CrisMarie: Is this in high school?

Susan: In high school when they were going to beat me up. I just remember this – I’ll just use first name, Sonia. She’d just like every time I’d come down the court she’d knock me down and nobody was going to call any fouls or anything, over and over. And we were still just trying out. And finally one time, she’s pounded me down to the ground again. And I’m like I get up and I’m like, “Okay, do you want to fight? You want to fight, alright I’ll fight you.”

And she just sort of looked at me and said, “It is about time, really? I just can’t believe that it’s taken you this long to finally stand up for yourself.” And who would have guessed. I had no idea that that was what was going on. And that was the moment where I realized to belong wasn’t about what I thought it was.

CrisMarie: Fitting in or performing.

Susan: Yeah. It was like showing up. And so many times I’ve seen that.

CrisMarie: Well, this, it kind of reminds me, you bring up a good point because even theater we did a play in the midst of Covid. And I would come home and I was like, “I don’t know, Susan, if I should do it. We’re not wearing masks and this will be my bubble.” And you were like, “You need to have those conversations with those people, not me.” And I’m like, “But they’ll get mad at me, maybe they won’t like me. And I’ll be the problem person.” But I did, I went down and I had those conversations and it was hard. I was in tears at one point.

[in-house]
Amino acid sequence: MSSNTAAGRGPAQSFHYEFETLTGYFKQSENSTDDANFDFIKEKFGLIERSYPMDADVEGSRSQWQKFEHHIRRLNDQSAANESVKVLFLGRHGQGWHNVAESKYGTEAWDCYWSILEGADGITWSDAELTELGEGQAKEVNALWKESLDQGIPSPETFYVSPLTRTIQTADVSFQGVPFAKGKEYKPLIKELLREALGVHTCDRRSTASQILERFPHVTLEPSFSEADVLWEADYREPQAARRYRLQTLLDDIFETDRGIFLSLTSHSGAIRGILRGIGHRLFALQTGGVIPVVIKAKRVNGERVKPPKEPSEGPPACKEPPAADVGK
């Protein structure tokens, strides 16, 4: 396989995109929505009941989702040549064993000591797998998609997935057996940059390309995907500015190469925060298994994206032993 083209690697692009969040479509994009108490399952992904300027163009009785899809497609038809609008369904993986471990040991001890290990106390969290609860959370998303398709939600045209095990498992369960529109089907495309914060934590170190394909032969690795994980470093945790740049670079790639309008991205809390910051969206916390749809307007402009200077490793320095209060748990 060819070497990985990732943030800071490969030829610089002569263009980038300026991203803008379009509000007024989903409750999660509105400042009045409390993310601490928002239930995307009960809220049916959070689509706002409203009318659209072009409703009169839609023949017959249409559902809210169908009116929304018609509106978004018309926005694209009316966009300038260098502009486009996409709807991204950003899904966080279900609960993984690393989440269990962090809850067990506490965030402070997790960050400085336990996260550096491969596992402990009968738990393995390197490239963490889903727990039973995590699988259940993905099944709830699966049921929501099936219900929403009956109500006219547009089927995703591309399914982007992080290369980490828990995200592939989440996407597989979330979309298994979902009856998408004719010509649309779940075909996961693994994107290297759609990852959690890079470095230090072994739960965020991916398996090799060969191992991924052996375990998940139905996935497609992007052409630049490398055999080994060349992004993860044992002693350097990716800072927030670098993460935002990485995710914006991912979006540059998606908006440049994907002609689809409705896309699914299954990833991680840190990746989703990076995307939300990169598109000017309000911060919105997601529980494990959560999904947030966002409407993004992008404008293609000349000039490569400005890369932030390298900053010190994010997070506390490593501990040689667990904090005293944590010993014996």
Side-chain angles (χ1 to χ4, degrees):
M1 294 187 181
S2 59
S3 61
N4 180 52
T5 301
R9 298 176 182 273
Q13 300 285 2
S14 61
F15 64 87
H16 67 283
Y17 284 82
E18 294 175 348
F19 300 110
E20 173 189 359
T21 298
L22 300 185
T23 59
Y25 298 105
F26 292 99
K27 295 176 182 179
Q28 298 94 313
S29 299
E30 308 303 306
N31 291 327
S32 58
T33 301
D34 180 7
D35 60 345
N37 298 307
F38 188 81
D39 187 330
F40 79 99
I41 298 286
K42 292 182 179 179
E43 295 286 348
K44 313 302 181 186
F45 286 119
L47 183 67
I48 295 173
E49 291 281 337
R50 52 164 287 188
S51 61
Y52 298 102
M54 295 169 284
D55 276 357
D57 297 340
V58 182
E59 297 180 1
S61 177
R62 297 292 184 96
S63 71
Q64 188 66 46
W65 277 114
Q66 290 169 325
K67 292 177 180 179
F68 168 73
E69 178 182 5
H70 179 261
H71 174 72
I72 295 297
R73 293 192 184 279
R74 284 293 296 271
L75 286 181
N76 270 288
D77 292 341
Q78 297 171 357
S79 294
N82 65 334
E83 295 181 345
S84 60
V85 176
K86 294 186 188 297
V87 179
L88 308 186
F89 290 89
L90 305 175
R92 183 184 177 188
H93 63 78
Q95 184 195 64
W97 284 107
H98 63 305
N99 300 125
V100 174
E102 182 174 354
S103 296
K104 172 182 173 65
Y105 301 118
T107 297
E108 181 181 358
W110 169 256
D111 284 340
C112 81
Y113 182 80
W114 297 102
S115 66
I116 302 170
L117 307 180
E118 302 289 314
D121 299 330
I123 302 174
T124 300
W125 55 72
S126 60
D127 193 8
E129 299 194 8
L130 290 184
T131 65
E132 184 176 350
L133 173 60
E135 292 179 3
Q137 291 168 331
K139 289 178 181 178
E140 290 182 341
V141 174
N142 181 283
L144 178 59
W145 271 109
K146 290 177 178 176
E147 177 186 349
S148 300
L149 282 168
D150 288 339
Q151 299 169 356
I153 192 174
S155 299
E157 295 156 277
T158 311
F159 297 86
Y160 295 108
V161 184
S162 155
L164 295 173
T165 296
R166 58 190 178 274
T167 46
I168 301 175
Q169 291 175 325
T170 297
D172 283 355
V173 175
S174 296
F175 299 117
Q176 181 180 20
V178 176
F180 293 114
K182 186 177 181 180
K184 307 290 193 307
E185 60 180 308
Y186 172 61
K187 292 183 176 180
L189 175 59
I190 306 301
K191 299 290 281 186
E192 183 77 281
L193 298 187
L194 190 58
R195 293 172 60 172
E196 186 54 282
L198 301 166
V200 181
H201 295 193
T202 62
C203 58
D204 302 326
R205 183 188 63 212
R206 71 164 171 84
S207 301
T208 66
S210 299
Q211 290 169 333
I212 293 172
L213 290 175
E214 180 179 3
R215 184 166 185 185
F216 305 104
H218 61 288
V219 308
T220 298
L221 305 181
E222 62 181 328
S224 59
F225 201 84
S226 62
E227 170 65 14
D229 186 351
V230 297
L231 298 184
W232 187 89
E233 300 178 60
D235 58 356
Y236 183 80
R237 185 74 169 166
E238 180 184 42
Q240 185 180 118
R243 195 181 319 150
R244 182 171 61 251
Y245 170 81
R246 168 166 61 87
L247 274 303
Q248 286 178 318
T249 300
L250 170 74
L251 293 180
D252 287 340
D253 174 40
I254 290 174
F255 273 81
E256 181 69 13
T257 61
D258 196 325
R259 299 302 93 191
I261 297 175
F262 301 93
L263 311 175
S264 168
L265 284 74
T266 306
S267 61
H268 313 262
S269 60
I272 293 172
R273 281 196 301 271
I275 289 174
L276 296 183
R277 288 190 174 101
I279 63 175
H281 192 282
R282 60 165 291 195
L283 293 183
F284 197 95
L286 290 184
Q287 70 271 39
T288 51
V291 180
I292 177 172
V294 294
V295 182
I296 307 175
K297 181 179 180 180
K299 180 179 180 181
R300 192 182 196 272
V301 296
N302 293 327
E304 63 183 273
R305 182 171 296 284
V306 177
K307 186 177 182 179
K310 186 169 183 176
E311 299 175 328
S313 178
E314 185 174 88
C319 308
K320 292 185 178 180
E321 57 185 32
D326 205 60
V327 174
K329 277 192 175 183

But it was real and raw, I showed up vulnerably and we did connect. And I felt a sense of belonging with that cast and it was a very positive powerful experience. But if I had kept myself away and only tried to, oh gosh, here I am in this scene and we don’t have masks on without talking about what was really going on, I wouldn’t have had that sense of belonging. I would have been trying to conform, trying to pass, please and none of that brings that sense of belonging.

Susan: Conforming is not belonging.

CrisMarie: Get that listeners, conforming is not belonging.

Susan: And even if you’re on the, you know, because I think a lot of cultures have tried to get, you know, you can become part of our culture if you just adapt it, if we…

CrisMarie: If you do follow our rules.

Susan: What is it that the board did? We were assimilating. Now, there had been some bad examples of assimilation efforts to get. And those have nothing to do with helping someone belong. They have to do with taking away one’s sense of self. And sort of imposing it into okay, well, now you’re this, if you just become this. I did work